I want to find “waiter I had last time” and snap his neck. This lady’s eating into my precious time. I can feel the wedding party’s eyes crawling up and down my back. They’ve been nibbling on bread and water for twenty minutes. I feel bad for them. If it was my rehearsal dinner, I’d be pissed, too. I’ve got to get over there.

“I’ll ask the chef what we can do,” I say.

“You do that,” the woman snaps.

I run to the kitchen to ask Fluvio if he can make some zucchini fries.

“Get the f--- out of here!” he screams.

I return to the table. “I’m sorry, madam. The chef regrets that he cannot make zucchini fries.”

“I want to speak to the manager,” the woman barks.

The last person I want to deal with is Sammy. He’ll probably want $5 just to talk to this lady. To humor the woman, I disappear in the back to make it seem like I’m looking for the manager.

After a minute I return to the kiddie table with the bad news.

“This is outrageous,” the mother sputters.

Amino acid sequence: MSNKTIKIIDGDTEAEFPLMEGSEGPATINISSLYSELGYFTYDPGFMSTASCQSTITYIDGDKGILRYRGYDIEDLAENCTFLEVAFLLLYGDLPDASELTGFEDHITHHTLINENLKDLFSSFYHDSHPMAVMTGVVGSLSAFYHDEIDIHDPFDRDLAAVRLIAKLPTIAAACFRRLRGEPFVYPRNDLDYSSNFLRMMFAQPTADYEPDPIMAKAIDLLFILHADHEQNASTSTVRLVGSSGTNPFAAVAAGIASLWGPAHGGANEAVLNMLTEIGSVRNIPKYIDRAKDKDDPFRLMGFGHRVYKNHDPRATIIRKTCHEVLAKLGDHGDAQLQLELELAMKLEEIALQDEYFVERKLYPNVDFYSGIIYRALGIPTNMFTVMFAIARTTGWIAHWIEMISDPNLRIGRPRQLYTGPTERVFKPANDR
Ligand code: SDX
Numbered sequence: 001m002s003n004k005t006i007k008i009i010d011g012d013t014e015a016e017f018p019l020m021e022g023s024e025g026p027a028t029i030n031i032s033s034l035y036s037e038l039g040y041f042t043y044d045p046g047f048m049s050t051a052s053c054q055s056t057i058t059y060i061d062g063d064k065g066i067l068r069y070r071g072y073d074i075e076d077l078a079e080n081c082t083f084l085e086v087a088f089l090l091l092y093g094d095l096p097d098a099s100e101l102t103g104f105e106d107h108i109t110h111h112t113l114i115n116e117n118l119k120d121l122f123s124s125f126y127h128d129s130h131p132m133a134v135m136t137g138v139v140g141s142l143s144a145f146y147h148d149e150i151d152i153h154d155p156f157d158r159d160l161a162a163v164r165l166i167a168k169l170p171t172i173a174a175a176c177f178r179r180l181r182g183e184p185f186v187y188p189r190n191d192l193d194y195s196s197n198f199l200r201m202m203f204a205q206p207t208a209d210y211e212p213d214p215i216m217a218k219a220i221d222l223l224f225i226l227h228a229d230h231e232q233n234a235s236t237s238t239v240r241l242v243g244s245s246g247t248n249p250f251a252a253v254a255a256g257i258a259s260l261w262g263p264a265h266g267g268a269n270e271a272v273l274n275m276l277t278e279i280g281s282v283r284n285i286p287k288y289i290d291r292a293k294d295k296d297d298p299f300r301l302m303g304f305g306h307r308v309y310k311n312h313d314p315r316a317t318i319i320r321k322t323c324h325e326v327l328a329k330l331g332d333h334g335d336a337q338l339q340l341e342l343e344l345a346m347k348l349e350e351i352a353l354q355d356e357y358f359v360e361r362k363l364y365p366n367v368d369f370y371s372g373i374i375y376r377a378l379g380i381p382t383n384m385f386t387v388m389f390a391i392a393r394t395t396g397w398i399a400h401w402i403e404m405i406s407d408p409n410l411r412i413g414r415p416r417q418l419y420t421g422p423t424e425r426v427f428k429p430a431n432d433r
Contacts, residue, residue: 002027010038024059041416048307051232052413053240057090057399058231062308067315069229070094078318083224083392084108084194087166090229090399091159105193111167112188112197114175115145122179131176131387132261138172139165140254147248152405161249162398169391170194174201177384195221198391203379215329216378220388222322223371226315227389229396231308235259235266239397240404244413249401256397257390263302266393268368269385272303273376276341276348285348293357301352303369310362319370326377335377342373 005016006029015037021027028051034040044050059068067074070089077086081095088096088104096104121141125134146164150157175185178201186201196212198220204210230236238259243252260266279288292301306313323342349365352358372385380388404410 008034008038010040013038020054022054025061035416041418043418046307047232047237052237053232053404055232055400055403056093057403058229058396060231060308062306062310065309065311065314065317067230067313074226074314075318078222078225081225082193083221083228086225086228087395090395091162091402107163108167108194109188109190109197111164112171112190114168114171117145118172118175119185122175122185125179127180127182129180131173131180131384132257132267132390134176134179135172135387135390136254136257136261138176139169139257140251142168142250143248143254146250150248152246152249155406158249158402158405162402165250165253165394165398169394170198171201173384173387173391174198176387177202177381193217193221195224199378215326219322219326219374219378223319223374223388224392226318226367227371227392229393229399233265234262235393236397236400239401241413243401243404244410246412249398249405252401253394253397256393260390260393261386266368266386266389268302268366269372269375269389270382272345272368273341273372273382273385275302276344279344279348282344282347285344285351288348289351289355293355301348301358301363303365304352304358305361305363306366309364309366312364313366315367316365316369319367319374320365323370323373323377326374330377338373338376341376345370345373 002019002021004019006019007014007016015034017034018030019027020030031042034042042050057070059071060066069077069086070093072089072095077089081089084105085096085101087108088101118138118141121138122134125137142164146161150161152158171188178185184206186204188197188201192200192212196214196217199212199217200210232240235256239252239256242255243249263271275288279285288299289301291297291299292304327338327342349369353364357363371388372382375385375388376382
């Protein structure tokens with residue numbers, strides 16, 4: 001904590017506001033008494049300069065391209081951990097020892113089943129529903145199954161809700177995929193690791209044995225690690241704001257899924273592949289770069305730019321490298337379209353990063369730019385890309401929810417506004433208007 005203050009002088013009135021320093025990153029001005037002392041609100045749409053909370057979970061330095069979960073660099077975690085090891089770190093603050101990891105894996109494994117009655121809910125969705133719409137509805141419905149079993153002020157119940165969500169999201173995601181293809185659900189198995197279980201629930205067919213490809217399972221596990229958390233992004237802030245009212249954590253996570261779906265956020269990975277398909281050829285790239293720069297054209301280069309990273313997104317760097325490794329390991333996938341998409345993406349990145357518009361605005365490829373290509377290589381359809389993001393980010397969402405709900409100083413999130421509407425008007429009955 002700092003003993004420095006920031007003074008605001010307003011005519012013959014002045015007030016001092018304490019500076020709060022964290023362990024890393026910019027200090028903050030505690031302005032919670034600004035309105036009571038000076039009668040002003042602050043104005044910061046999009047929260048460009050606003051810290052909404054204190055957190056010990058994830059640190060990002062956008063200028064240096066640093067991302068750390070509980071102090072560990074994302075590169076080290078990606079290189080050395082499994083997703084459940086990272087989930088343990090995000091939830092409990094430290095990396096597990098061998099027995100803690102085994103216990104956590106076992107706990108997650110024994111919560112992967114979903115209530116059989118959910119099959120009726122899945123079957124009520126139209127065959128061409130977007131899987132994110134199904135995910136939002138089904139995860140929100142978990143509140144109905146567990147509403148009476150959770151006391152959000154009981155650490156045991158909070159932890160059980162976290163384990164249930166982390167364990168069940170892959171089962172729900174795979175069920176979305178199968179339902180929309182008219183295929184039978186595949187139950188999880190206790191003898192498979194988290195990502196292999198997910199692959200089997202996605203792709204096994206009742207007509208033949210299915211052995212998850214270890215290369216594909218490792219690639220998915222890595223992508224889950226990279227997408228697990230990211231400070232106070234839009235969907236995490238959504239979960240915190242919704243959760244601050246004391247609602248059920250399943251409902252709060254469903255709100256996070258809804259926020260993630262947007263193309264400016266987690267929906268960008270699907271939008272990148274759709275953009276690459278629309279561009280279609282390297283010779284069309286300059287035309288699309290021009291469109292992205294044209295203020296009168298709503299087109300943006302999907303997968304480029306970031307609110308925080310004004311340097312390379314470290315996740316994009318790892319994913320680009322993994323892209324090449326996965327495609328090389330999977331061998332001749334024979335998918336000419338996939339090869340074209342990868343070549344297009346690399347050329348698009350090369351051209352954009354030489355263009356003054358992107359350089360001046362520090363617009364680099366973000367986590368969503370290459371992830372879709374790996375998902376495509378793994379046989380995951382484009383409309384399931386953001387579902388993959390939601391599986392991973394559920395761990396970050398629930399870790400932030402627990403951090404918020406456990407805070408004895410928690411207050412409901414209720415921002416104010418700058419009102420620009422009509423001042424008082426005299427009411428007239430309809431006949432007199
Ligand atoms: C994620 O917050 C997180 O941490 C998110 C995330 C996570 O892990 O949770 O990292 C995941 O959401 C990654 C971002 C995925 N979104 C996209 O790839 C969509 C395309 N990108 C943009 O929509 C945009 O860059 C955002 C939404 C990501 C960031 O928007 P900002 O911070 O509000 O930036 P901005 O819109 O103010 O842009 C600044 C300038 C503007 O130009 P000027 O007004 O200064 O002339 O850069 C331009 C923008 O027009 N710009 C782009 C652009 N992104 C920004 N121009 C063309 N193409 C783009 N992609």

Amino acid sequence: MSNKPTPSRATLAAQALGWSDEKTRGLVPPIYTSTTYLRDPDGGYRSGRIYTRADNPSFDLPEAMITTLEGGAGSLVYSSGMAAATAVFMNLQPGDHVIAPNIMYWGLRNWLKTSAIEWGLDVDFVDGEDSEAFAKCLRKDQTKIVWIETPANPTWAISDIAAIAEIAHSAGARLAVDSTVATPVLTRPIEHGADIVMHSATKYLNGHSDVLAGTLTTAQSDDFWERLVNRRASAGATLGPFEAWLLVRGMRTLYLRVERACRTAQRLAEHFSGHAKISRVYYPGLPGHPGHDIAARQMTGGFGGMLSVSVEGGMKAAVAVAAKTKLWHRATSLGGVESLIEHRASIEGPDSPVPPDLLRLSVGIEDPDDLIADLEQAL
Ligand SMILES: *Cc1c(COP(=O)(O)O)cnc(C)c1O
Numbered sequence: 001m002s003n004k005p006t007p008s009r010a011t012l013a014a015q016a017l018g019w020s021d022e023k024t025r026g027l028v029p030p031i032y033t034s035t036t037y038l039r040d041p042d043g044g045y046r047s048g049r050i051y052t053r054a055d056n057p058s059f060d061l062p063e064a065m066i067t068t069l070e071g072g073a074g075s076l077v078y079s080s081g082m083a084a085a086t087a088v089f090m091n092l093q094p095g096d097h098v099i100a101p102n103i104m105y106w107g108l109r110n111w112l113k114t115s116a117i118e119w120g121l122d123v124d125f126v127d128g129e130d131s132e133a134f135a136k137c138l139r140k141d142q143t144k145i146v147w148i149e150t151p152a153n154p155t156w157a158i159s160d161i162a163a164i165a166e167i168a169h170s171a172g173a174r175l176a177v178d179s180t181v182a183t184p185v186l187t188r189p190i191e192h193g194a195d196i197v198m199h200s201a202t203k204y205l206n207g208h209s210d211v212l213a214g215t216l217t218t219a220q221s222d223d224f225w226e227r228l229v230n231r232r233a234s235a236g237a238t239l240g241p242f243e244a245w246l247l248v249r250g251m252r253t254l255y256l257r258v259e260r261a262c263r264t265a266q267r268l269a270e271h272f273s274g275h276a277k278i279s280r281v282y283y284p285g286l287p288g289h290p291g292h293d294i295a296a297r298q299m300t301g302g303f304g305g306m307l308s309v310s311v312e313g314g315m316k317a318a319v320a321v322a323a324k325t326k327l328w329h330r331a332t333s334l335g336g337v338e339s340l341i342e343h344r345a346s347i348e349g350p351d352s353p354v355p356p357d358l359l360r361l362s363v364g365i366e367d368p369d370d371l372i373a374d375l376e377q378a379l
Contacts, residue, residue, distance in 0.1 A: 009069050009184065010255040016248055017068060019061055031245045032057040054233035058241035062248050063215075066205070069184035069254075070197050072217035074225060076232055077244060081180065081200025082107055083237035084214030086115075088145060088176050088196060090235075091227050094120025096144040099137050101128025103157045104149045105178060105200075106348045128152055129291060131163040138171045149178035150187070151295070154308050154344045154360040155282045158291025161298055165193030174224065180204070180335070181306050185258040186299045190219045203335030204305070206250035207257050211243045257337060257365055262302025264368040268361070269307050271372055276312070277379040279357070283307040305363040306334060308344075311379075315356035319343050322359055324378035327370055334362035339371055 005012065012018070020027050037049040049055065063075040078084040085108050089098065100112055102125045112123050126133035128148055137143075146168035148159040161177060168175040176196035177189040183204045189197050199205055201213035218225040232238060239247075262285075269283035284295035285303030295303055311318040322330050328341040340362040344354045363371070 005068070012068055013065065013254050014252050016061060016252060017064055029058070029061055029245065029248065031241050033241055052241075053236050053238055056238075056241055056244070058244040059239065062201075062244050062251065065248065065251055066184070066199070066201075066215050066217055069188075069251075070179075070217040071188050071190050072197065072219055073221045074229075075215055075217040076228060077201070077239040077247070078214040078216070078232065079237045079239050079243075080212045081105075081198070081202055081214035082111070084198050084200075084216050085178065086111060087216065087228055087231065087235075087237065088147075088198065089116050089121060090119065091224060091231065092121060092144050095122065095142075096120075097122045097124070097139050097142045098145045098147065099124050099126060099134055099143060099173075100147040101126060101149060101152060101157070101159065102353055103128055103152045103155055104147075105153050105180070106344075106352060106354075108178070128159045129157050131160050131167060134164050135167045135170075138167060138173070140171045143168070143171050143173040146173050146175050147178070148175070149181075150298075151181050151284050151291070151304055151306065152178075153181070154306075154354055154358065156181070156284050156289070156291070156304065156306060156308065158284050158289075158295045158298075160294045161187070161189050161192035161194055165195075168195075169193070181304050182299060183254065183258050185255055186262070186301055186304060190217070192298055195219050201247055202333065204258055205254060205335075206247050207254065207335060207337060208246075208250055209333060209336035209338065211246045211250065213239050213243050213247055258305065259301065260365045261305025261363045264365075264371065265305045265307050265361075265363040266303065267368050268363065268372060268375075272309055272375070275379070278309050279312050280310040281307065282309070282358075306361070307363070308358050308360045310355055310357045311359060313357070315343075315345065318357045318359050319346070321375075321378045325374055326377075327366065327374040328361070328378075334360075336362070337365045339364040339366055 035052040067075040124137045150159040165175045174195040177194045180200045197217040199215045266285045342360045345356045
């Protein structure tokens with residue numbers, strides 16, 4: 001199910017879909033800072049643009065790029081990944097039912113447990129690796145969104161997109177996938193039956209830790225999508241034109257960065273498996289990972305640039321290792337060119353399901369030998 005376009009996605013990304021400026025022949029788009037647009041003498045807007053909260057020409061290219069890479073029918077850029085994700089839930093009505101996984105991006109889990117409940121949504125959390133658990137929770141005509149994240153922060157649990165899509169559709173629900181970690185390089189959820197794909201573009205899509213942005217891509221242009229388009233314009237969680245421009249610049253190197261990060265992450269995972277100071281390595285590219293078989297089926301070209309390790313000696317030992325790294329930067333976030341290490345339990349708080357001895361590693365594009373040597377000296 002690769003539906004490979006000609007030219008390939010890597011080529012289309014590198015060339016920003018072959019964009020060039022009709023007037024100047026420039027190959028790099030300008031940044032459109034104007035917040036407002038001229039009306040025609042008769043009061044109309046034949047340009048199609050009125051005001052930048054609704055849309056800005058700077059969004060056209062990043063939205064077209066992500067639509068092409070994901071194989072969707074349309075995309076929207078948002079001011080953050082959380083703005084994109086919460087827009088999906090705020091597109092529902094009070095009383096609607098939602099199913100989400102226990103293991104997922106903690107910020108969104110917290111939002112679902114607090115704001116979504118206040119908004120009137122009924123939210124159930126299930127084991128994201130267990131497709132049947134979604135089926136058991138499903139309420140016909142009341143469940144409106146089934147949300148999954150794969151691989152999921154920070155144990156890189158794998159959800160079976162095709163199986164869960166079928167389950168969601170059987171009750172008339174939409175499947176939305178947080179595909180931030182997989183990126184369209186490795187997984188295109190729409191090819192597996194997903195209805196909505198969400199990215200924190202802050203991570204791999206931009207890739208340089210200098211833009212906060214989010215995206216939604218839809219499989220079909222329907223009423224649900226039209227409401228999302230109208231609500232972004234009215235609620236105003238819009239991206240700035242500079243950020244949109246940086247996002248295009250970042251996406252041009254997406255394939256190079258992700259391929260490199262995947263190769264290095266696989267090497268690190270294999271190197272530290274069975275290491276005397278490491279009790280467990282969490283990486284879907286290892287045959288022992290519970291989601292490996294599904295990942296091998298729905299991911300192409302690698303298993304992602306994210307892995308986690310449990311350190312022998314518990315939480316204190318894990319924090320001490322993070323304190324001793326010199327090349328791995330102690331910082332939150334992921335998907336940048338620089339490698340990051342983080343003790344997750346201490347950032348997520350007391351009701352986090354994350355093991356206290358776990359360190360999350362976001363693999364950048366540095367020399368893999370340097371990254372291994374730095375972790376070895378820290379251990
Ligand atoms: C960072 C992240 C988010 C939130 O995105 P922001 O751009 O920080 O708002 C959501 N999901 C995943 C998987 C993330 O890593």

“We’re leaving.”

“Madam, I—”

“Waiter!” I hear a voice cry out from the wedding party. “Can we have some service over here?”

“Right away, sir!” I yelp.

I disengage from the zucchini-obsessed mommy and give some attention to the twenty top. They hand me two bottles of expensive champagne. That means I’ve got to scrounge up twenty champagne glasses and some ice buckets pronto. I race over to the coffee station where we store them.

“Minnie,” I say to the cute Iranian girl who brews all the cappuccinos and espressos. “Do you have twenty champagne glasses?”

“Not clean ones.”

“Can you help me, please?” I plead. “I’m in the weeds.”

Being “in the weeds” (otherwise known as being “in the s---”) is waiter lingo for what happens when the demands put on a server exceed his or her ability to fulfill them. This can happen when a waiter’s new, incompetent, or placed in an impossible situation. For me it’s all three.

“I’ll help you,” Minnie says, smiling.

“Hey, Ahmed,” I call out to one of the busboys, “could you get me two ice buckets for table six?”

“F--- you sharmout,” Ahmed snarls, using the Arabic equivalent of maricon. I guess a waiter’s sexual orientation is the subject of speculative interest among the bus people as well as the kitchen staff.                                                     -----